Abstract and Keywords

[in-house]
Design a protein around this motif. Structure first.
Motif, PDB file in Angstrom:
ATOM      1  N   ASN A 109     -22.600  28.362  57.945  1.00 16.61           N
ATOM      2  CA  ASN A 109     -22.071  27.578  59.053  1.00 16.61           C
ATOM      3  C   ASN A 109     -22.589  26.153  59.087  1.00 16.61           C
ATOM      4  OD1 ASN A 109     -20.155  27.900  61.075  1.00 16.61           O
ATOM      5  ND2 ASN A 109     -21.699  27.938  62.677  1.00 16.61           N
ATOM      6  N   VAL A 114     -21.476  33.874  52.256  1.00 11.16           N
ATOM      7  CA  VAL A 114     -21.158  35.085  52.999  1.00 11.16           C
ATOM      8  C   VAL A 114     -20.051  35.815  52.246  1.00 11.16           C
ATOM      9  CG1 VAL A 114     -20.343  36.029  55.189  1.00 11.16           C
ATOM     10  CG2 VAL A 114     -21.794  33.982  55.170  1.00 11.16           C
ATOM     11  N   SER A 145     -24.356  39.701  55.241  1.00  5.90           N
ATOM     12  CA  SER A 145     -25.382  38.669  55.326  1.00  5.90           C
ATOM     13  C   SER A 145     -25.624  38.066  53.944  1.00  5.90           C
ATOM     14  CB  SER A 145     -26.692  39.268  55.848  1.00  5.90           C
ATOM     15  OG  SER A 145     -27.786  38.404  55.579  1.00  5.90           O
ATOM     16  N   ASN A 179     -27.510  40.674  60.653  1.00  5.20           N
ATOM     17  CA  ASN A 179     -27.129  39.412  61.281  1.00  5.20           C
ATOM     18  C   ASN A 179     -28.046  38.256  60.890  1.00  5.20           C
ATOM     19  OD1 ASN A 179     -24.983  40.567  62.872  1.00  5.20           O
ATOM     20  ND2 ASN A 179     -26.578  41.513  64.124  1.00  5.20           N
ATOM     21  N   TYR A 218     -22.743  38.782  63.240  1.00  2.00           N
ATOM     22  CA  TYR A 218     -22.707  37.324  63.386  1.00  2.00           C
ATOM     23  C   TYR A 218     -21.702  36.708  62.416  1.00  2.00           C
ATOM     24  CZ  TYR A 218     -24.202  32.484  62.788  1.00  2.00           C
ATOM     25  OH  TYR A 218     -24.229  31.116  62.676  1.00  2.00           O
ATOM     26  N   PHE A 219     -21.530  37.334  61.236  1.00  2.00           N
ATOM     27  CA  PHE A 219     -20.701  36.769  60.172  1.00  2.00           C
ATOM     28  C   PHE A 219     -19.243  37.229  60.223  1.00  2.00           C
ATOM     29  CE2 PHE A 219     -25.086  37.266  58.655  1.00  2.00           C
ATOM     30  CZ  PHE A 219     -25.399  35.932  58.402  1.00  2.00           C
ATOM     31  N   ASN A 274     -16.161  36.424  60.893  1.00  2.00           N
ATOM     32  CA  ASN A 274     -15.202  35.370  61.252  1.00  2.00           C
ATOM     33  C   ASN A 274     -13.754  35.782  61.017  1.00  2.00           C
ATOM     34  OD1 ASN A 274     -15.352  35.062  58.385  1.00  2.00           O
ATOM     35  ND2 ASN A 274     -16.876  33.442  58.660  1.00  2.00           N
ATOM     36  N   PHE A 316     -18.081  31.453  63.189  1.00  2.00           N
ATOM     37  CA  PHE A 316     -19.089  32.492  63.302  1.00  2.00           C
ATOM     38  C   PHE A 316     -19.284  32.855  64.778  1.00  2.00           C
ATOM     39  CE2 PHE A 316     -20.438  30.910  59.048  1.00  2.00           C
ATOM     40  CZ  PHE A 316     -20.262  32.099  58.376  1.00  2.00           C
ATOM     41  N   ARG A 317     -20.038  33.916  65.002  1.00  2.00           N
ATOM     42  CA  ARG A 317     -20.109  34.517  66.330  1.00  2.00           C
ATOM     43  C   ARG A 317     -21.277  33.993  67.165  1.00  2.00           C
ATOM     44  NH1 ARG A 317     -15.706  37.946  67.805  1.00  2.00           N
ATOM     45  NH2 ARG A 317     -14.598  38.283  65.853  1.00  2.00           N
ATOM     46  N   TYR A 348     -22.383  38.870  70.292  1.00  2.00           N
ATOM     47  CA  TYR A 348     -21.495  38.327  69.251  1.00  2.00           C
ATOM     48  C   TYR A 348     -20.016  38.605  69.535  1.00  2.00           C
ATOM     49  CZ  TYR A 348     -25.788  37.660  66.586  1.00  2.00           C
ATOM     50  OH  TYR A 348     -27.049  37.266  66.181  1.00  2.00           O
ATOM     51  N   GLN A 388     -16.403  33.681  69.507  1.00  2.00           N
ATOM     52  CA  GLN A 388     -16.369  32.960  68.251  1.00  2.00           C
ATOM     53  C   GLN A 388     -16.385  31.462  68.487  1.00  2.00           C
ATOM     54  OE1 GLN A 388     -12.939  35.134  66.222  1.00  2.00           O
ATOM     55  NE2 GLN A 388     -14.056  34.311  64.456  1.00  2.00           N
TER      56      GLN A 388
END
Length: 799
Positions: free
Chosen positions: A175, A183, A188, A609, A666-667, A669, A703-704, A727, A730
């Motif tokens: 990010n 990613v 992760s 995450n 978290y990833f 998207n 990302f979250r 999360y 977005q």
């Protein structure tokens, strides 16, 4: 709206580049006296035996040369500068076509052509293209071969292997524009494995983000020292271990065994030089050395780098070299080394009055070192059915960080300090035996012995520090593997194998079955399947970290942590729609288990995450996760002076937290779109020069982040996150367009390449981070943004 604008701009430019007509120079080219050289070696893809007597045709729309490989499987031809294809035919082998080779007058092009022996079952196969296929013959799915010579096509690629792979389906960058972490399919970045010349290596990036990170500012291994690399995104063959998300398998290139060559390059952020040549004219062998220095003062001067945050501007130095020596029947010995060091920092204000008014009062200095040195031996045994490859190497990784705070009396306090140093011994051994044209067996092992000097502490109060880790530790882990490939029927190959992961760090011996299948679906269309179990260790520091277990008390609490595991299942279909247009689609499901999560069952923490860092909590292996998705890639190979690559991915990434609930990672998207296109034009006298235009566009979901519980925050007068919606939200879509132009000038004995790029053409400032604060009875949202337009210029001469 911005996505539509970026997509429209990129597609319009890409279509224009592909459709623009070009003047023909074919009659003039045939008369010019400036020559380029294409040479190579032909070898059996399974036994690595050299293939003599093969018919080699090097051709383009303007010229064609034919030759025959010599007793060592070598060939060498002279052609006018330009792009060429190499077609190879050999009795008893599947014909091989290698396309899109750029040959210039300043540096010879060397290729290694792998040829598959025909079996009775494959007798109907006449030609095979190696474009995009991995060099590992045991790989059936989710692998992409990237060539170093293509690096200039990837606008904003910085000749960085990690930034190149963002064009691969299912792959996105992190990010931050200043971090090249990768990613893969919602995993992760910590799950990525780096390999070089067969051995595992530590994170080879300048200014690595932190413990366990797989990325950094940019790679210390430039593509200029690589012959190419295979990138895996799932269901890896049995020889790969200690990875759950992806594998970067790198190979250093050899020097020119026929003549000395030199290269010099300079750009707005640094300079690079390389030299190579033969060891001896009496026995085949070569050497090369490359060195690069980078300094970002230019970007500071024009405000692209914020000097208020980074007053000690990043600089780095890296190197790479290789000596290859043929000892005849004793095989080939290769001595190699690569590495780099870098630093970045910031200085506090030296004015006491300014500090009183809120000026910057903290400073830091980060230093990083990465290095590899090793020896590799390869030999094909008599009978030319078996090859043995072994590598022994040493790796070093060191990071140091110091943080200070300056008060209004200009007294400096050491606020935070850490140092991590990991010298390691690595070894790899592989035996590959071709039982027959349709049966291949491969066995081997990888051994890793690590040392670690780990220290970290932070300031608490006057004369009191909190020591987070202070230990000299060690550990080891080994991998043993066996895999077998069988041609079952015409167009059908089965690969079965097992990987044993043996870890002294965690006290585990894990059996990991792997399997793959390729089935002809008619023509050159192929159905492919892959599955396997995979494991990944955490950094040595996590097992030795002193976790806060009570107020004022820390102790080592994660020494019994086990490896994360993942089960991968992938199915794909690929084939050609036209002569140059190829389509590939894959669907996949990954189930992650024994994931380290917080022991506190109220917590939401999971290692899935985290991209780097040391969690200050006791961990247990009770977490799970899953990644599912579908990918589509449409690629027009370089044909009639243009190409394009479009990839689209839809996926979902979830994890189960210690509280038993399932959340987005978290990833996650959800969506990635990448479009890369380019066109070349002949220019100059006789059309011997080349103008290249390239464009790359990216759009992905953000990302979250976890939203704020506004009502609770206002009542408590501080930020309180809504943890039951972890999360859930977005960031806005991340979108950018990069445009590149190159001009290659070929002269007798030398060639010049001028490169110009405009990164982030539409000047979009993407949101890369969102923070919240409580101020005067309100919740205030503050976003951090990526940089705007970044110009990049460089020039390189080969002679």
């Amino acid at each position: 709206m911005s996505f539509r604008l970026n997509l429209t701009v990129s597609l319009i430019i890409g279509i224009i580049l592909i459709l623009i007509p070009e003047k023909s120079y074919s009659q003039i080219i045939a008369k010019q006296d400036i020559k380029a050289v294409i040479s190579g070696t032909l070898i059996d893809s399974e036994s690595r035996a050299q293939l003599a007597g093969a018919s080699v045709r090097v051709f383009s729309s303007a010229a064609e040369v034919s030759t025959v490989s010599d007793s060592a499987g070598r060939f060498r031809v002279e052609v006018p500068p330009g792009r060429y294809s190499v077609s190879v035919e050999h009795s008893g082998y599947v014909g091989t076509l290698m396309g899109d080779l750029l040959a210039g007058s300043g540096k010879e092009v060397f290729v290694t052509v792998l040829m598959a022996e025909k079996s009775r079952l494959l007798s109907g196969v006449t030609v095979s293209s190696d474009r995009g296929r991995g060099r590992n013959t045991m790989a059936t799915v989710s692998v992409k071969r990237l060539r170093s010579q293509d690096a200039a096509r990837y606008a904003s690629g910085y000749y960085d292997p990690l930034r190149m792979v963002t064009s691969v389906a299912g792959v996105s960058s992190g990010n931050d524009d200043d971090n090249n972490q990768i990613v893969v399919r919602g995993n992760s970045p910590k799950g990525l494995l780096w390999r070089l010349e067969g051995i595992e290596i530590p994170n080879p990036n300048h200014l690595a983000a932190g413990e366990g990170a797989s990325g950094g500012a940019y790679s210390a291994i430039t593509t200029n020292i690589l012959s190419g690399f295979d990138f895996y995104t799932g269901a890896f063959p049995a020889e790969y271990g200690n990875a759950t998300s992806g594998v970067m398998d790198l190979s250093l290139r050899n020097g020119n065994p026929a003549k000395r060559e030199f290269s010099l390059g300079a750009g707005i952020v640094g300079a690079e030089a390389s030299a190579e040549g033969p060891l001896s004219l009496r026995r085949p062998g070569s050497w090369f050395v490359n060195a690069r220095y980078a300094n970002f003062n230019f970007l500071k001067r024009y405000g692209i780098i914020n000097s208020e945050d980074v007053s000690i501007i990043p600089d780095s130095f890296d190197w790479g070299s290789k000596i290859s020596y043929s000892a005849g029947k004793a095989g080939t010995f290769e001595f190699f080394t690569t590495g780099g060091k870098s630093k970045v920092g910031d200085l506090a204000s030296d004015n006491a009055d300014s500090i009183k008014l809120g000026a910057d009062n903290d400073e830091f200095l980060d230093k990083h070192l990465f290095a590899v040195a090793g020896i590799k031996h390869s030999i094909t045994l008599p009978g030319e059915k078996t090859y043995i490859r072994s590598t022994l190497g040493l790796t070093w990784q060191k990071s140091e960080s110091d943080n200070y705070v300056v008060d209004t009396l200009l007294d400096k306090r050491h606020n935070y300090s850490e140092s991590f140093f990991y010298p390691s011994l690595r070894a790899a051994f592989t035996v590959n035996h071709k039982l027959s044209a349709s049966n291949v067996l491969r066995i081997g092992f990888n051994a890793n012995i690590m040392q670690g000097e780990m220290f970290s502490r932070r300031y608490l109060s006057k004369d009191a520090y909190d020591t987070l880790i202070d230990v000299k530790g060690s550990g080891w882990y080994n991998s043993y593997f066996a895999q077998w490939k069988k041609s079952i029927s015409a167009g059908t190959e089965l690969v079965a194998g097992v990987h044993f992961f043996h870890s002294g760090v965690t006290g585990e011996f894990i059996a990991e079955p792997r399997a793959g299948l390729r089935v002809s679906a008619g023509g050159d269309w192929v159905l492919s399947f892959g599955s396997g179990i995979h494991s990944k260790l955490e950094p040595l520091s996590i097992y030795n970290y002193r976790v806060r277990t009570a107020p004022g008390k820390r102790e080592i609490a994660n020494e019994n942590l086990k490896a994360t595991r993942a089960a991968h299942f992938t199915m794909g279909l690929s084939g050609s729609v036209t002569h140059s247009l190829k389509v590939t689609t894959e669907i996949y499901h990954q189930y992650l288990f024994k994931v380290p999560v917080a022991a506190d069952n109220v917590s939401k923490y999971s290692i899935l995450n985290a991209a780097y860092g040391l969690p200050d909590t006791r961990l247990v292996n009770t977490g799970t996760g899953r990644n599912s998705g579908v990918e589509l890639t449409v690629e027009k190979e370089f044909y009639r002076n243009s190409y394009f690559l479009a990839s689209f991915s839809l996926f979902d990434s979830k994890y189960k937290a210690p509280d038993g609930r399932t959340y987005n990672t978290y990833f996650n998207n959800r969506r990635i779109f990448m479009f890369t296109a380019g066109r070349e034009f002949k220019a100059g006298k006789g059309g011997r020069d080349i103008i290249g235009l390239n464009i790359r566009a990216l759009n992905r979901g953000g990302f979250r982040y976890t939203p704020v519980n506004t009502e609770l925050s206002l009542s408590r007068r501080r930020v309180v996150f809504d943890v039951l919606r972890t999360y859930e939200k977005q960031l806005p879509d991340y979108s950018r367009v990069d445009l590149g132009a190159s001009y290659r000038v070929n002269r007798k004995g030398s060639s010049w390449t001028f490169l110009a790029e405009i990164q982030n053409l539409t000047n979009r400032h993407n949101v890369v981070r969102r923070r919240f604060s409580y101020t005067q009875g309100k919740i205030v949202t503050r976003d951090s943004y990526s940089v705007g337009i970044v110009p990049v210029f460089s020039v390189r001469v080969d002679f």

This article introduces the three traditions within Chinese Buddhism that alter the face of Indian Buddhism most distinctly. The earliest attempt at a thoroughgoing Sinitic reworking of the Buddhist tradition is found in the Tiantai school, founded in the fifth century ce. Close on its heels, the Huayan school and the Chan (Japanese: Zen) school emerged. All three schools succeeded in creating elaborate syntheses of indigenous and Indian Buddhist thinking, with varying emphases. While the Chan school sheds much of the scholastic theoretical baggage of Indian Buddhism, or at least streamlines and marginalizes it in favor of modes of practice and affect that owe much to indigenous traditions, the Huayan and Tiantai schools remained committed to elaborate theoretical expositions of metaphysical ideas derived from the framework of Indian religious categories. But all of these schools may be seen as emphasizing and extending the valorization of the phenomenal world, found also in some Mahayana scriptures, and a down-playing of the need for literal transcendence of the cycle of rebirth in the world. In so doing each in its own way develops a doctrine of what might be called “omnisolipsism”: the notion that each and every entity is actually all entities, that each particular thing in the world is the totality of the world. This idea allows for a strong affirmation of immanence of Buddhahood in the world, and the interfusion and identity between sentient beings and Buddhas, between samsara and Nirvana.
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